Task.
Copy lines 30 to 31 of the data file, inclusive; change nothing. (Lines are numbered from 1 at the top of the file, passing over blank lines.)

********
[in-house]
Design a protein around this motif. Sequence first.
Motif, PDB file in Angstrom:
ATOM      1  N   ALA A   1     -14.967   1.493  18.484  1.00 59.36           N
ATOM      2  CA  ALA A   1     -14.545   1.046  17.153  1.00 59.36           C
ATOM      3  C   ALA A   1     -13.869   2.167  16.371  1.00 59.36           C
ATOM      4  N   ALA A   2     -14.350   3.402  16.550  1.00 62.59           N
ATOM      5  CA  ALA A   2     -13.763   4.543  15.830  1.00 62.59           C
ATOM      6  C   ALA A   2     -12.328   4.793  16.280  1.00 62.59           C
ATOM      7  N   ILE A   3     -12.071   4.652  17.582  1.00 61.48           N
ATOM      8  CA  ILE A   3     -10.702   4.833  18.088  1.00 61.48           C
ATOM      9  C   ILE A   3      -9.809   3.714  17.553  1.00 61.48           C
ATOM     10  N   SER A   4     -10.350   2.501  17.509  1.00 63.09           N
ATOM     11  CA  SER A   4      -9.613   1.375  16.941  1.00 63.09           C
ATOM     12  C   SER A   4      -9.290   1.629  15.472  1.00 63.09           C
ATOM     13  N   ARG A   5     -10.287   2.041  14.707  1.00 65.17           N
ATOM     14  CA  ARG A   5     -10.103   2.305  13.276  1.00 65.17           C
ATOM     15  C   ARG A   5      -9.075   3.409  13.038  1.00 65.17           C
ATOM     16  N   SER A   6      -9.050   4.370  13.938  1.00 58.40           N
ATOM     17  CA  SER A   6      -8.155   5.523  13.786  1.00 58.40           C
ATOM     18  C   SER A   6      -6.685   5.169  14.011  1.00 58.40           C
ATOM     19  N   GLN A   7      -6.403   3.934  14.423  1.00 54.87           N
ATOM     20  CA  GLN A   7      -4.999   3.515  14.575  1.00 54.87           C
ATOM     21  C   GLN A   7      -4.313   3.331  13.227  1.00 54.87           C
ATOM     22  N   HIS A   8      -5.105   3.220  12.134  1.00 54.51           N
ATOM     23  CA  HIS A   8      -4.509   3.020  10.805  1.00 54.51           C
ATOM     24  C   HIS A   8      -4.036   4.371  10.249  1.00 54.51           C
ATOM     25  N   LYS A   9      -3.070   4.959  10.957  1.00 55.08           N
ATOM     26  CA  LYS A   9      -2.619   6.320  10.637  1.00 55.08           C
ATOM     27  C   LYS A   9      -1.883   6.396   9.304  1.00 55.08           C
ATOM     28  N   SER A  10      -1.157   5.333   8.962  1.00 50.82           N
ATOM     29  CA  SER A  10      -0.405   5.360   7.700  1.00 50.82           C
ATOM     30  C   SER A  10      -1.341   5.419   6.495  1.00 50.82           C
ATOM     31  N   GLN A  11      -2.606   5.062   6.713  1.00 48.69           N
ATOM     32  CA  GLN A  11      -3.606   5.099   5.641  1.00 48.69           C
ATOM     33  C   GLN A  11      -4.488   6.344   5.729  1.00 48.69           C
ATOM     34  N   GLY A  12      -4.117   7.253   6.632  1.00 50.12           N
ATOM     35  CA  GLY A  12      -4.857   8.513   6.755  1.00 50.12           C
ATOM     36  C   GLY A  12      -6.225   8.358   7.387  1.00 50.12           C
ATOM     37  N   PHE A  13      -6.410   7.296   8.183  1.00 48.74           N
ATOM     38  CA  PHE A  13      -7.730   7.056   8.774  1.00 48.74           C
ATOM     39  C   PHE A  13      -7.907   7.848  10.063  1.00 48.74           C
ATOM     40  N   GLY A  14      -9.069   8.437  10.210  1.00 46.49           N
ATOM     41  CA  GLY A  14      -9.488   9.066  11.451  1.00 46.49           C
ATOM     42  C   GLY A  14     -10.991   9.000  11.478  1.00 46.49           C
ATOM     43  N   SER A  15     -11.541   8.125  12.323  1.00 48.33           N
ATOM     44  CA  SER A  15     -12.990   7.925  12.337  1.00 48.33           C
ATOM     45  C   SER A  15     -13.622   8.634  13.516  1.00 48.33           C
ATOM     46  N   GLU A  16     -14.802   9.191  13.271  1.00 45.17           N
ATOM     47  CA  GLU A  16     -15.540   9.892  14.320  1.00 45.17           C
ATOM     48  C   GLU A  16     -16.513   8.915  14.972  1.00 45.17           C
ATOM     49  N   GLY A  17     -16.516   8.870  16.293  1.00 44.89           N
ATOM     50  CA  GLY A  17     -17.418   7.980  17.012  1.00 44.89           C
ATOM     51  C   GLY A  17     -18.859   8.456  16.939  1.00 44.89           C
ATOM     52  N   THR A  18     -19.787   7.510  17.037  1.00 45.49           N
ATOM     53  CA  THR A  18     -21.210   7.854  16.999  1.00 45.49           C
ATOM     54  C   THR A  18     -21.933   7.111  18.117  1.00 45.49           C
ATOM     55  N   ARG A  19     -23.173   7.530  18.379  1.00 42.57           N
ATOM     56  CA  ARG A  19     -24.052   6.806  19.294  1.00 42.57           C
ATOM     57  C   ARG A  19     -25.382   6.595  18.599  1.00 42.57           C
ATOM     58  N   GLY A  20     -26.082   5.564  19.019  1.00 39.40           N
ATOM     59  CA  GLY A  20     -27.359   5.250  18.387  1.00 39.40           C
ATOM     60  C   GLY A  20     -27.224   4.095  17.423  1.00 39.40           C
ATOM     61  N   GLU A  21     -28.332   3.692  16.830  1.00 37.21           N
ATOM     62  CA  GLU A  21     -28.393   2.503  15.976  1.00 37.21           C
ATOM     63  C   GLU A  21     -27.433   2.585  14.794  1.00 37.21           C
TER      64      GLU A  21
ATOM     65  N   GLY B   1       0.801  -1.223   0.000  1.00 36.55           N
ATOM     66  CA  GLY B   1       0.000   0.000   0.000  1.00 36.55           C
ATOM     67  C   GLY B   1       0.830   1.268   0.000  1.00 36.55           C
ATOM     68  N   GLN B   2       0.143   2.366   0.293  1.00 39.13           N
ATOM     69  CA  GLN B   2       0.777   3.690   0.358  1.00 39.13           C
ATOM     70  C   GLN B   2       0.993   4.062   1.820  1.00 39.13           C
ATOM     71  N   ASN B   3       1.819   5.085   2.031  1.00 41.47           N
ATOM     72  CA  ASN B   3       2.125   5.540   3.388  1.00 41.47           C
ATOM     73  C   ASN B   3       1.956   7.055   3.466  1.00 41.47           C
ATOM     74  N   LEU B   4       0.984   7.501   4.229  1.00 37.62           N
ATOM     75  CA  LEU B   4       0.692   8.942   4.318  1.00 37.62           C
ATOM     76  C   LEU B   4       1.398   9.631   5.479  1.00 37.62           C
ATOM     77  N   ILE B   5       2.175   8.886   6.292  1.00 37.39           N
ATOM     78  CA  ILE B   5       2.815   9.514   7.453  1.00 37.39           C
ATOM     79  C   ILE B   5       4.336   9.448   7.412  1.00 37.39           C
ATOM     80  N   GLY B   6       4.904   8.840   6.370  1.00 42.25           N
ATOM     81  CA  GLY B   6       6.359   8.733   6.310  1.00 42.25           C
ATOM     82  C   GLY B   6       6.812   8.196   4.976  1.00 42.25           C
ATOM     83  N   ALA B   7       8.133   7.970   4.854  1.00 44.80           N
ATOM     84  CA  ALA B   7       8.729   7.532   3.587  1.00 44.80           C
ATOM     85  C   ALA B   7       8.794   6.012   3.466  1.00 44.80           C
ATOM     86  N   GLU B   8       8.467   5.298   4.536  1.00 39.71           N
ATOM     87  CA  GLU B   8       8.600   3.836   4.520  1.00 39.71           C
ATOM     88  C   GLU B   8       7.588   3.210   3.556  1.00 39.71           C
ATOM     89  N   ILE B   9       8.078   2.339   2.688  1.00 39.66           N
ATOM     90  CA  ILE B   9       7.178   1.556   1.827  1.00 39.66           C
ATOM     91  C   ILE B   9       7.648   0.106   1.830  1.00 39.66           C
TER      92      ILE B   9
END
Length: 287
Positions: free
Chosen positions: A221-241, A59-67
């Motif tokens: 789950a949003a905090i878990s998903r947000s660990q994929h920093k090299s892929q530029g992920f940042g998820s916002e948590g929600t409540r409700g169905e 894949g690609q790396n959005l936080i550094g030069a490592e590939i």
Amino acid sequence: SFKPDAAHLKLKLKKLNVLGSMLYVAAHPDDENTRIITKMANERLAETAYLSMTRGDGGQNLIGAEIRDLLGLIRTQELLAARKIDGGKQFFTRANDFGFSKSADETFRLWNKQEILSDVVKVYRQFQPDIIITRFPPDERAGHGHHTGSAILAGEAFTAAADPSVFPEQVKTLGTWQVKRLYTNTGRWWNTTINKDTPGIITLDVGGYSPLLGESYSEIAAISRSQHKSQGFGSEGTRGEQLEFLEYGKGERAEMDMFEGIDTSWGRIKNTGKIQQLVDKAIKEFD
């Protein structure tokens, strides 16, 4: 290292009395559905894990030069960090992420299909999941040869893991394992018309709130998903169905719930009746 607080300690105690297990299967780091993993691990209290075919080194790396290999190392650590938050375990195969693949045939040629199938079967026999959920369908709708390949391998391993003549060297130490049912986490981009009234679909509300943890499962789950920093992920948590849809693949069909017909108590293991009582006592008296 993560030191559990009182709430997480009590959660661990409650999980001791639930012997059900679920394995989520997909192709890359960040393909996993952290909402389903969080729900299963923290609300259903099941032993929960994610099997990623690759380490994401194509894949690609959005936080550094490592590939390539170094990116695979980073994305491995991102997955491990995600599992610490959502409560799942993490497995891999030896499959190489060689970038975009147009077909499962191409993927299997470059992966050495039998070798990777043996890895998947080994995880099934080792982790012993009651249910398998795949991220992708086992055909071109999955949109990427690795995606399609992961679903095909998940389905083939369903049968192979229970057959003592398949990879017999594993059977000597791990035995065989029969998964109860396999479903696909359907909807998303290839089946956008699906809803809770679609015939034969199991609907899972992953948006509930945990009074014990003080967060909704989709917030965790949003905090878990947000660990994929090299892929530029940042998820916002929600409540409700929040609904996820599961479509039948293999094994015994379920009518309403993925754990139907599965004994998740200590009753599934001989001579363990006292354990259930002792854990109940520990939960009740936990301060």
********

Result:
ATOM     27  C   LYS A   9      -1.883   6.396   9.304  1.00 55.08           C
ATOM     28  N   SER A  10      -1.157   5.333   8.962  1.00 50.82           N